£366k funding boost for ‘vital’ mental health service helping new and expectant Suffolk mums

The service is for women during pregancy and for a year after birth. Picture: KATIE COLLINS/PA WIRE

The service is for women during pregancy and for a year after birth. Picture: KATIE COLLINS/PA WIRE - Credit: PA

New and expectant mothers in Suffolk who are suffering with mental health issues are set to benefit from a major expansion in specialist services.

The recently launched Suffolk Perinatal Services (SPS) has been awarded £366,000 to reach more women suffering from moderate to severe mental health issues.

Led by the Norfolk and Suffolk NHS Foundation Trust (NSFT), the service provides specialist care to treat conditions such as antenatal depression and psychosis during pregnancy and up to a year after birth.

SPS is able to support 225 women a year - but with funding from NHS England’s Community Services Development Fund it will increase to 656 by 2020/21.

The successful funding bid by Ipswich and East Suffolk and West Suffolk clinical commissioning groups (CCGs), will see the team of four full-time staff expand to 11.5 full-time posts.

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Rosalind Tandy, a GP in Bury St Edmunds and mental health lead for West Suffolk CCG, said: “It’s obvious that there is great confidence in how effective this service is for mothers with mental health issues. It is certainly pleasing that this extra funding has been awarded so soon after the service was launched.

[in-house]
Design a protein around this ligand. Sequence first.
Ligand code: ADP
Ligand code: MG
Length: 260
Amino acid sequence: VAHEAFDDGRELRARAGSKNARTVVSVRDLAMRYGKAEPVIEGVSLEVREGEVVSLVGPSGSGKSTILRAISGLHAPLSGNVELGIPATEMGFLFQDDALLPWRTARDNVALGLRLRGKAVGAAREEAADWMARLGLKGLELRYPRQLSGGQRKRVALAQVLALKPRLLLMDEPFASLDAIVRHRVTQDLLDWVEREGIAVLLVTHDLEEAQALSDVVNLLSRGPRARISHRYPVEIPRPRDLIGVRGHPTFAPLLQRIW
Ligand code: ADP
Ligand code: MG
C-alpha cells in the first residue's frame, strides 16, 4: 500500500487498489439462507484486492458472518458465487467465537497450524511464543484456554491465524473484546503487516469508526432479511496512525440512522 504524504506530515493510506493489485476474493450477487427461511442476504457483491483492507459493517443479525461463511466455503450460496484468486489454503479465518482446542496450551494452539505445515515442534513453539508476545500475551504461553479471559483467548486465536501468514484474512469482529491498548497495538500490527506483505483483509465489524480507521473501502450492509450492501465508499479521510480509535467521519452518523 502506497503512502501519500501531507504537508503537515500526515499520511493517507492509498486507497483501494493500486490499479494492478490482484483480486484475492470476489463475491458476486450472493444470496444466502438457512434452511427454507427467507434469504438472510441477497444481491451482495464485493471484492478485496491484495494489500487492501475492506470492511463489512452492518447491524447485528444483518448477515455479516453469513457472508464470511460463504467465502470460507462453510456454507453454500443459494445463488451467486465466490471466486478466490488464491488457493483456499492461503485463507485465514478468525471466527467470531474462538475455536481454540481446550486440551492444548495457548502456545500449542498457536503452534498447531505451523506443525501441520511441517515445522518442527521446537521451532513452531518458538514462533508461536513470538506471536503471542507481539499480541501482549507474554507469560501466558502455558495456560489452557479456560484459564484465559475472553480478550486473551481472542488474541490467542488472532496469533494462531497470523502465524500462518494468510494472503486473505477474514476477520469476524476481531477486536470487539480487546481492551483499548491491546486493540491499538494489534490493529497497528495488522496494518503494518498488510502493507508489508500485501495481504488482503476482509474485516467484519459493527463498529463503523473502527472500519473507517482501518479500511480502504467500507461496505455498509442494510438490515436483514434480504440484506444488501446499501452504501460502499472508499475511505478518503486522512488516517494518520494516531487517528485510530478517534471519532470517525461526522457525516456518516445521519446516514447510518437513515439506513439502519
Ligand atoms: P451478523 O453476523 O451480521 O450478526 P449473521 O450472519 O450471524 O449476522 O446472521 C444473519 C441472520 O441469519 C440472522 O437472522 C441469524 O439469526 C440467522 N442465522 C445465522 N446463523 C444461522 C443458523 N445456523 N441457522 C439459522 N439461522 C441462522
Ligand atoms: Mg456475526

“We know from feedback from service users that the care and support received from the SPS has been phenomenal and in fact, for many, it has been life-changing.

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“Pregnancy and motherhood can be joyful but of course not everyone has this experience. This service is so vital in supporting women to enjoy this time of their lives as best as they can.”

Suffolk had previously been rated “red” by the The Maternal Mental Health Alliance - meaning there was deemed “no provision” of specialist services – however the rating predated SPS’s launch.

Pete Devlin, NSFT’s director of operations in Suffolk, said: “We are really pleased to be able to expand this important new service, which has already been beginning to transform care for women with the most complex needs.

Now being able to offer that specialist care to so many more women and their families is incredibly important and we’re very proud that our young service is already attracting more funding.”

SPS also offers pre-conception counselling to women who already have a mental health condition, support for family and training for other healthcare professionals. NSFT works with hospital maternity staff, health visitors and social services.

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